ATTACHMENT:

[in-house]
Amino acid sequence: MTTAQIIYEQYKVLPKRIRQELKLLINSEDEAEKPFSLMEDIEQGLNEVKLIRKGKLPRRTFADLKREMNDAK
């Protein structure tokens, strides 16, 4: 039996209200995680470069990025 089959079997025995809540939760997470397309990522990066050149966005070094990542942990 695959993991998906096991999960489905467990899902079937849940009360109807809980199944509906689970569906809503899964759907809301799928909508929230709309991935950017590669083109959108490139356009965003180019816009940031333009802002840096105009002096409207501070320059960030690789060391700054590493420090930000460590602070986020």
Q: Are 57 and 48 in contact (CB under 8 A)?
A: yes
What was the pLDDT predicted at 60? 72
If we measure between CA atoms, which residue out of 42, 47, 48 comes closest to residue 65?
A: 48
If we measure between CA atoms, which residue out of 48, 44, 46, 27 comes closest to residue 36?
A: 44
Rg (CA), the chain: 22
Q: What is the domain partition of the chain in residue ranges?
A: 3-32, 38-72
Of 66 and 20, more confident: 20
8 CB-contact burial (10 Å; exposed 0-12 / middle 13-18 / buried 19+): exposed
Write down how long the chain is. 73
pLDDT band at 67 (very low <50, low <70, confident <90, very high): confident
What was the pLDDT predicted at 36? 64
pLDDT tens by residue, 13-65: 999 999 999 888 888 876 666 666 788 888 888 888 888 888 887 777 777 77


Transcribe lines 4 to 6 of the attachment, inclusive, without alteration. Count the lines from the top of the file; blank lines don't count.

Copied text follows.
Q: Are 57 and 48 in contact (CB under 8 A)?
A: yes
What was the pLDDT predicted at 60? 72